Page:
This weekend The Observer managed to get itself involved in a bit of a debacle.
They published a story asserting as fact a statistic which had actually come from a Twitter poll.
In my day job I’m the data content lead at DC Thomson Media.
It means I follow a lot of data journalists on Twitter, so my feed was filled with derision regarding the article.
So, first and foremost, why was it an issue?
The biggest problem here is reporting the results of a poll carried out solely on Twitter as a statement of fact in the headline (“Only 8% of schools in England have received air monitors promised by government”) even if The Observer did make it clear what the statistic was based on within the body of the article.
Unbelievably this headline is based on this: a random twitter poll.
— Anthony Wells (@anthonyjwells) October 24, 2021
The data from the poll itself – asking if anyone had seen carbon dioxide monitors supplied to schools – has so many issues, it’s difficult to list them all here.
Twitter polls are not representative samples
Twitter polls are never going to be a representative sample.
The respondents are limited to people who happen to see the poll on their feed – so in this case largely the followers of the head teacher who posted it.
There is no way of knowing if every person who responded to the poll is an appropriate person working in education who has the required knowledge to answer the question.
Chances are a decent chunk of them weren’t.
To go from ‘only 8% of people who responded to the poll have seen a monitor’ to ‘only 8% of schools in England have received them’ is a pretty ludicrous stretch
That’s no fault of the original poster, though, as he didn’t actually even ask if the respondent’s schools had received a CO2 monitor – he simply asked if they had “seen” one.
I’ve seen a CO2 monitor in my lifetime, so if I had come across the poll I could have voted “yes”.
I clearly have absolutely nothing to do with any educational establishment, though.
See the issue?
To go from “only 8% of people who responded to the poll have seen a monitor” to “only 8% of schools in England have received them” is a pretty ludicrous stretch.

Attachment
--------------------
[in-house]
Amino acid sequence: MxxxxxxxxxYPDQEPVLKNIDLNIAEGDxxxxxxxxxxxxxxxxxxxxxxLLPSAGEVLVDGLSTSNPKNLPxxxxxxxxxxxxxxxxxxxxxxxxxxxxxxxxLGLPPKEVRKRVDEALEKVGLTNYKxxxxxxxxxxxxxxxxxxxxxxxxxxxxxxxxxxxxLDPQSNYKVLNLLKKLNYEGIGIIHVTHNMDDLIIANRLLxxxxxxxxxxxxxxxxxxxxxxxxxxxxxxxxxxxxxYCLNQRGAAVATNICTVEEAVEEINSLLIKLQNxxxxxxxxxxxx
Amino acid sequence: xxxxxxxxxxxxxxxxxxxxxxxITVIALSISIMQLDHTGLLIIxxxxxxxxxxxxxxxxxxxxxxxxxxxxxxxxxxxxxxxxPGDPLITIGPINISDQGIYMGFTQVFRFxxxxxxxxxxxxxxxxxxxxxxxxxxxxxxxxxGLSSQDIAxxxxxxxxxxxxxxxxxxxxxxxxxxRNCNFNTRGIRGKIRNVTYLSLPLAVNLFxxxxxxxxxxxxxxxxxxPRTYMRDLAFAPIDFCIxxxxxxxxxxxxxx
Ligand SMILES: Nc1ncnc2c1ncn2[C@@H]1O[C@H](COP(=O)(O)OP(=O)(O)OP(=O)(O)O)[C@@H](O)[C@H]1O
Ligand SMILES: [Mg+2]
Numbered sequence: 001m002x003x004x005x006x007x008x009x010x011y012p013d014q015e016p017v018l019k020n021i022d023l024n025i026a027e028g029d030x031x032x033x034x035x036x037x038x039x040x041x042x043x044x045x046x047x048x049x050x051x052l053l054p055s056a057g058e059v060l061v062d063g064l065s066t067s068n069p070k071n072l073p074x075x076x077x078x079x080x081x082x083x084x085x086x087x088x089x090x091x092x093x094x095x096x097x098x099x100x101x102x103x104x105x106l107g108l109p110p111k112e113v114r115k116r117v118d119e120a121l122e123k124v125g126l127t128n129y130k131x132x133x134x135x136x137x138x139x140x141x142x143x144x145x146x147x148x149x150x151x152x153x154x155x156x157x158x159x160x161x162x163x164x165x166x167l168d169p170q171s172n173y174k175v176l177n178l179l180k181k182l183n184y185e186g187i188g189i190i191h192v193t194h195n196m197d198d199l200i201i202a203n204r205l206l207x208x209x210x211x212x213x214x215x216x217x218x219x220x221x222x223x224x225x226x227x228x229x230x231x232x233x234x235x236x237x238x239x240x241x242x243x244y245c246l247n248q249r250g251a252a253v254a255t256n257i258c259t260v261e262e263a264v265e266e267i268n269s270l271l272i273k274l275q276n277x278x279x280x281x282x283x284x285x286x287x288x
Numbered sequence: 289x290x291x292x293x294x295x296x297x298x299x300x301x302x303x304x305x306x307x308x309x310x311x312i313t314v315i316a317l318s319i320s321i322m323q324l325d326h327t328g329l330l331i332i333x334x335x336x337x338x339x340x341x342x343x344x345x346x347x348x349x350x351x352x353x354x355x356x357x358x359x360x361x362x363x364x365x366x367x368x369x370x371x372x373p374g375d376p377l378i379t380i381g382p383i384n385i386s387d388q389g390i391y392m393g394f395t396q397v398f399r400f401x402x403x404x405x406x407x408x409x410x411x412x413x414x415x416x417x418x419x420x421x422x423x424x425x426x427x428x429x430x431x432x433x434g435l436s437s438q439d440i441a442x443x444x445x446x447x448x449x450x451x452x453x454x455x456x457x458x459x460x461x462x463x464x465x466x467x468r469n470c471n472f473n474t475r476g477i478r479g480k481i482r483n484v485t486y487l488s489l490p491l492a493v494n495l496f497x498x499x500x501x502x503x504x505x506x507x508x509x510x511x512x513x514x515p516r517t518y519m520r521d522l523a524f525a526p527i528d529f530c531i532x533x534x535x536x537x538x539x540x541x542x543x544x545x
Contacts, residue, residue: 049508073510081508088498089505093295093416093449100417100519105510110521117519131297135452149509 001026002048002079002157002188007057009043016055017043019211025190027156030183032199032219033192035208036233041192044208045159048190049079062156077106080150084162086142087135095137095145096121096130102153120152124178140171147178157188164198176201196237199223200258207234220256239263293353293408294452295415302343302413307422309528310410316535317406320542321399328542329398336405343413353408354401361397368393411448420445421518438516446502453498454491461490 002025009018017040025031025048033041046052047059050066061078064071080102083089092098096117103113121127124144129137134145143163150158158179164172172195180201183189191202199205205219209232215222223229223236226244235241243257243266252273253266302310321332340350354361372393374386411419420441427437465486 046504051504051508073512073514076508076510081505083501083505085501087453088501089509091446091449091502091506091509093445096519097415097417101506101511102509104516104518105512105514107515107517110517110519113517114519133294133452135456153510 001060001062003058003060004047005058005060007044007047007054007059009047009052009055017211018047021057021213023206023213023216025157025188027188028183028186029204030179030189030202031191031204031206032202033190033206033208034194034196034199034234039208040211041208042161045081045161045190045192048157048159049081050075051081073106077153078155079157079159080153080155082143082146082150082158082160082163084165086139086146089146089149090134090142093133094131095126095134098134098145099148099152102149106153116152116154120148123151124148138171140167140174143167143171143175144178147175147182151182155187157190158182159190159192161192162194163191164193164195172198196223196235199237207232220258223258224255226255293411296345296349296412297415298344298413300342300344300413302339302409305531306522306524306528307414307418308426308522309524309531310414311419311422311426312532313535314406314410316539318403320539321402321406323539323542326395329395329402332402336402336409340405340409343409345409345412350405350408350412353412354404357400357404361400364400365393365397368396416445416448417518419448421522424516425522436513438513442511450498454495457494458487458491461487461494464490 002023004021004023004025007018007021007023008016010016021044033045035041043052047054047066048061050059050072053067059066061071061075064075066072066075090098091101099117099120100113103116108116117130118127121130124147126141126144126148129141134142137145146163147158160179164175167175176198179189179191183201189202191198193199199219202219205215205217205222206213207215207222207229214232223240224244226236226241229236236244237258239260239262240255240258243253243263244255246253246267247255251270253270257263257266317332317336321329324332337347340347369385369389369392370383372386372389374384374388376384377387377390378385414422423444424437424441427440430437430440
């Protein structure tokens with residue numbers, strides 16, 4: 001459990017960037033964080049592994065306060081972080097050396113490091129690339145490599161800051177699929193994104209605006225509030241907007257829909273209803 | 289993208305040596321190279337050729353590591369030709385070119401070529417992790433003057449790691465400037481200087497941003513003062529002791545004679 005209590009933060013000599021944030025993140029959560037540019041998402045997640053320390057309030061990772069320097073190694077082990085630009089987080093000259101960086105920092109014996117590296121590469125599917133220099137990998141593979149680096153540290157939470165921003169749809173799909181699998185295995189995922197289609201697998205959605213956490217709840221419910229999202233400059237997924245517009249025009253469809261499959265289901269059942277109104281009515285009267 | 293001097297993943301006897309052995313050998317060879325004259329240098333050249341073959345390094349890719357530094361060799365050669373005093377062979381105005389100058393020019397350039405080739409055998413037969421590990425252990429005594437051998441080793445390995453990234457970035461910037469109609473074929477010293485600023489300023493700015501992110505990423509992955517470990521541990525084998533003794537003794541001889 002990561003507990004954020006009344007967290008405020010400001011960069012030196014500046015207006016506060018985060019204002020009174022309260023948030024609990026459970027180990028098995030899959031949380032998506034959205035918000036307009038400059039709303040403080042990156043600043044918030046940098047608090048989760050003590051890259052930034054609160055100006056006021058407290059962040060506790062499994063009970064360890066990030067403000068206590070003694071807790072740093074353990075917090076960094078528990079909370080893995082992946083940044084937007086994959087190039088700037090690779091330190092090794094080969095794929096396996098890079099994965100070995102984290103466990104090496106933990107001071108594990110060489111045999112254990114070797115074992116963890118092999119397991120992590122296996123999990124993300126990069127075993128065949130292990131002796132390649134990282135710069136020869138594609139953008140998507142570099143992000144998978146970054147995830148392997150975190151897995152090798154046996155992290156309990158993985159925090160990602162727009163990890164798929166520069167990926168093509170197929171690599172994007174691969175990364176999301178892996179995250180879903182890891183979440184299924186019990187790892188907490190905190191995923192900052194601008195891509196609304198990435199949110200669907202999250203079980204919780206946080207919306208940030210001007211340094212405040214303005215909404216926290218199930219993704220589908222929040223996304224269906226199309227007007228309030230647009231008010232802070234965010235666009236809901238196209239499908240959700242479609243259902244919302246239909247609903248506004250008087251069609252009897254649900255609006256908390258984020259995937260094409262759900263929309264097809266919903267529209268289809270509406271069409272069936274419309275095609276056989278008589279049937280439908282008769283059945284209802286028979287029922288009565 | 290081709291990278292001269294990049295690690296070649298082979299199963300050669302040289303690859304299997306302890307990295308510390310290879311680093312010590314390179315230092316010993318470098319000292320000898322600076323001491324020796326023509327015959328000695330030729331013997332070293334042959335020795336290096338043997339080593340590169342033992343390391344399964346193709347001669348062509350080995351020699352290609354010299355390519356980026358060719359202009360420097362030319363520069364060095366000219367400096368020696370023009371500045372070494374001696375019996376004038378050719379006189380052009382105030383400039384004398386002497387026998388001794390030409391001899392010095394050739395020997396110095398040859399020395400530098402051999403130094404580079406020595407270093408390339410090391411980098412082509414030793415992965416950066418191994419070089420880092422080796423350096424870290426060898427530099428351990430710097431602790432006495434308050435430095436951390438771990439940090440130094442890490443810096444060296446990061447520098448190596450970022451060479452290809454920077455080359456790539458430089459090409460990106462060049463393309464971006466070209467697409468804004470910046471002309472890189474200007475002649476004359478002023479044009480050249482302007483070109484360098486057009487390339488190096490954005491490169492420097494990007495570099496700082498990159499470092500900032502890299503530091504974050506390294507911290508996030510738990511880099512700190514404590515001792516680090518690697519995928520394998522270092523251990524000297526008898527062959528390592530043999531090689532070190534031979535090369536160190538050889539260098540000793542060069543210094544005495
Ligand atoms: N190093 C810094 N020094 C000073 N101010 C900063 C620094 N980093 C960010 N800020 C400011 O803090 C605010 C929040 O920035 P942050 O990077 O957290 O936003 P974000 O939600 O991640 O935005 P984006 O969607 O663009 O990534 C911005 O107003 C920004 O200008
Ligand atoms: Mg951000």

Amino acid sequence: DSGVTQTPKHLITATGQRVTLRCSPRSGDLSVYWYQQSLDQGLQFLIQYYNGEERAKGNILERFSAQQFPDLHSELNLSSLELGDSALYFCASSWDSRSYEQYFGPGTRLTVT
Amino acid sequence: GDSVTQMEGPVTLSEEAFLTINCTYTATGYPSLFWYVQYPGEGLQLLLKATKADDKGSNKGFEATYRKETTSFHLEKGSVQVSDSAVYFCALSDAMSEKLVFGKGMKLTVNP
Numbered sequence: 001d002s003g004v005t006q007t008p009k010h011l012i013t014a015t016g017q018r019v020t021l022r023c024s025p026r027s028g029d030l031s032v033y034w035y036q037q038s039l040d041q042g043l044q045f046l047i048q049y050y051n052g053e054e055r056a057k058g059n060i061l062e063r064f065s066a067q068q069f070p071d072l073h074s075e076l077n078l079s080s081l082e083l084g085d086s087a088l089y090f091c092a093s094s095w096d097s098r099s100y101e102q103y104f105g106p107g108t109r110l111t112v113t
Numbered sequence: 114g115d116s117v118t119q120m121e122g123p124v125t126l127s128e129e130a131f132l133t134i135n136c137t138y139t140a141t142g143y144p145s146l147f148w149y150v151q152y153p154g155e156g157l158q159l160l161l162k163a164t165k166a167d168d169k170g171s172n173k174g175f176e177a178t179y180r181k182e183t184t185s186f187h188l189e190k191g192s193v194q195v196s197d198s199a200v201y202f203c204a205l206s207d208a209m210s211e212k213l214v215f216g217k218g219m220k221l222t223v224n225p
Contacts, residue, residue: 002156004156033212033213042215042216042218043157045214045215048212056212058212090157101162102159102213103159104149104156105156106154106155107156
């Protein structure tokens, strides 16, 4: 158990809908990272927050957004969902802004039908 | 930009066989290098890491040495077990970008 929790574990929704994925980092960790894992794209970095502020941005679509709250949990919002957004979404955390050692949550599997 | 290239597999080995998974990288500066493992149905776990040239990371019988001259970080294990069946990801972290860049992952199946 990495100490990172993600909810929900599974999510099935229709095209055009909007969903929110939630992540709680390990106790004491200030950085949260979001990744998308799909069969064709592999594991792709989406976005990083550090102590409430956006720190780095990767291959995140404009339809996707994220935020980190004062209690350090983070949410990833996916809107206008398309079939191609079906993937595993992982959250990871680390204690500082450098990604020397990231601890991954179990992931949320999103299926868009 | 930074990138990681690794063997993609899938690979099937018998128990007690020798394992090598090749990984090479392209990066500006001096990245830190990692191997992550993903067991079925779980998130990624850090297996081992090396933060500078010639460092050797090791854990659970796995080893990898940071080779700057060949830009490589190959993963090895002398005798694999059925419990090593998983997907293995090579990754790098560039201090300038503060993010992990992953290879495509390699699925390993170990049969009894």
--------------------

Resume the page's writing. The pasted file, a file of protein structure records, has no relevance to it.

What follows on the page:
Data journalism is in the spotlight like never before
There are two industries that come to mind when I think of groups that went through a boom period during the pandemic – people who make QR code technology and data journalists.
The pandemic thrust data journalism into the spotlight in a way it never had been before.
People would wait on Twitter each night for John Burn-Murdoch of the Financial Times to post his nightly thread of charts tracking the initial trajectory of Covid-19.
Many were suddenly re-learning things they had long since forgotten (if they had ever learned them in the first place) about logarithmic scales and how to calculate seven-day averages.
As a result, data journalism completely swept the board at the 2021 Pulitzer awards and, although not quite a Pulitzer, I even won a shiny little thing myself for some of my work tracking the pandemic.
— Lesley-Anne Kelly (@L_A_Kelly) September 29, 2021
Essentially, if you can say anything good came out of the pandemic, an increase in the data literacy amongst the general public is up there.
On the flip side of that, however, is that many more people can spot a clanger, like the Observer piece, than would have done previously.
Data journalism should be held to the Peter Parker principle: with great power comes great responsibility.
The public rely on data journalists to help explain subjects that fill many people with terror – numbers.
We have a responsibility to our readers to ensure we do it right and hold our hands up when we don’t.
Lesley-Anne Kelly is data content lead for DC Thomson Media and recently won Specialist Reporter of the Year at the 2021 Scottish Press Awards